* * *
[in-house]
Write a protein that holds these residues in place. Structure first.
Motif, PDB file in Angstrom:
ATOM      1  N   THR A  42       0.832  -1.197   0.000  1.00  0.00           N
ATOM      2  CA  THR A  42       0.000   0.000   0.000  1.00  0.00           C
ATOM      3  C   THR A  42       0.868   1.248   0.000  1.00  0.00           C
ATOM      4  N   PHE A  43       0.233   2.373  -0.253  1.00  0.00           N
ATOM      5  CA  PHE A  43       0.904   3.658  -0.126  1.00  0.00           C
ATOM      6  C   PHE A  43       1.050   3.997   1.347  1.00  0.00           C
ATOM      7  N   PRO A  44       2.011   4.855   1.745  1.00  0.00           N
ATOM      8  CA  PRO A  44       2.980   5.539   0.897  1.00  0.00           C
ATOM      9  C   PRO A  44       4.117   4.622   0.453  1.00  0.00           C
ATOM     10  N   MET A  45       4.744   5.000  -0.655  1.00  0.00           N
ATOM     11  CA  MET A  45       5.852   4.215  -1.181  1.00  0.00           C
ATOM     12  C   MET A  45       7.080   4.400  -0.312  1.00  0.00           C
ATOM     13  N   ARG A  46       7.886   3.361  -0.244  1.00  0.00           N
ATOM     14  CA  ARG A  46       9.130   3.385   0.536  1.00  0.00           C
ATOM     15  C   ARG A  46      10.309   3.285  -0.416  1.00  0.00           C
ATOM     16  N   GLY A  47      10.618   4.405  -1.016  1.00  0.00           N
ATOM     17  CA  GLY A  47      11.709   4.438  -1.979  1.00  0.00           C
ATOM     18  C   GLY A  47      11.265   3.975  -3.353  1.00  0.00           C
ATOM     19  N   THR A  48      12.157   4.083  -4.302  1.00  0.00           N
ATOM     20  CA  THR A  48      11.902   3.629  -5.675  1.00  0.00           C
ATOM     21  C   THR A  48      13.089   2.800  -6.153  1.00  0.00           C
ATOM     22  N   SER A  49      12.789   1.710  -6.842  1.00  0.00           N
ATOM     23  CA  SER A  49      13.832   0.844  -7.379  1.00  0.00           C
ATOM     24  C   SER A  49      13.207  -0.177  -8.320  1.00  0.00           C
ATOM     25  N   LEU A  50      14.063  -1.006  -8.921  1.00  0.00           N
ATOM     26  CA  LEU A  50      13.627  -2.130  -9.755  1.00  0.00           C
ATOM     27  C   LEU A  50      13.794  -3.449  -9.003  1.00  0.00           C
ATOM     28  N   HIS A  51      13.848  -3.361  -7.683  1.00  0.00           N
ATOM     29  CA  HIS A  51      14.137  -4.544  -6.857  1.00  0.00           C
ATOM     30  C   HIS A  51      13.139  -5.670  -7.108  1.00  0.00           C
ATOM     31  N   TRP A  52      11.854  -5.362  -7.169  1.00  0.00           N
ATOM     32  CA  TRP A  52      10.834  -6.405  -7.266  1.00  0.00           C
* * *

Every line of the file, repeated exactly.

[in-house]
Write a protein that holds these residues in place. Structure first.
Motif, PDB file in Angstrom:
ATOM      1  N   THR A  42       0.832  -1.197   0.000  1.00  0.00           N
ATOM      2  CA  THR A  42       0.000   0.000   0.000  1.00  0.00           C
ATOM      3  C   THR A  42       0.868   1.248   0.000  1.00  0.00           C
ATOM      4  N   PHE A  43       0.233   2.373  -0.253  1.00  0.00           N
ATOM      5  CA  PHE A  43       0.904   3.658  -0.126  1.00  0.00           C
ATOM      6  C   PHE A  43       1.050   3.997   1.347  1.00  0.00           C
ATOM      7  N   PRO A  44       2.011   4.855   1.745  1.00  0.00           N
ATOM      8  CA  PRO A  44       2.980   5.539   0.897  1.00  0.00           C
ATOM      9  C   PRO A  44       4.117   4.622   0.453  1.00  0.00           C
ATOM     10  N   MET A  45       4.744   5.000  -0.655  1.00  0.00           N
ATOM     11  CA  MET A  45       5.852   4.215  -1.181  1.00  0.00           C
ATOM     12  C   MET A  45       7.080   4.400  -0.312  1.00  0.00           C
ATOM     13  N   ARG A  46       7.886   3.361  -0.244  1.00  0.00           N
ATOM     14  CA  ARG A  46       9.130   3.385   0.536  1.00  0.00           C
ATOM     15  C   ARG A  46      10.309   3.285  -0.416  1.00  0.00           C
ATOM     16  N   GLY A  47      10.618   4.405  -1.016  1.00  0.00           N
ATOM     17  CA  GLY A  47      11.709   4.438  -1.979  1.00  0.00           C
ATOM     18  C   GLY A  47      11.265   3.975  -3.353  1.00  0.00           C
ATOM     19  N   THR A  48      12.157   4.083  -4.302  1.00  0.00           N
ATOM     20  CA  THR A  48      11.902   3.629  -5.675  1.00  0.00           C
ATOM     21  C   THR A  48      13.089   2.800  -6.153  1.00  0.00           C
ATOM     22  N   SER A  49      12.789   1.710  -6.842  1.00  0.00           N
ATOM     23  CA  SER A  49      13.832   0.844  -7.379  1.00  0.00           C
ATOM     24  C   SER A  49      13.207  -0.177  -8.320  1.00  0.00           C
ATOM     25  N   LEU A  50      14.063  -1.006  -8.921  1.00  0.00           N
ATOM     26  CA  LEU A  50      13.627  -2.130  -9.755  1.00  0.00           C
ATOM     27  C   LEU A  50      13.794  -3.449  -9.003  1.00  0.00           C
ATOM     28  N   HIS A  51      13.848  -3.361  -7.683  1.00  0.00           N
ATOM     29  CA  HIS A  51      14.137  -4.544  -6.857  1.00  0.00           C
ATOM     30  C   HIS A  51      13.139  -5.670  -7.108  1.00  0.00           C
ATOM     31  N   TRP A  52      11.854  -5.362  -7.169  1.00  0.00           N
ATOM     32  CA  TRP A  52      10.834  -6.405  -7.266  1.00  0.00           C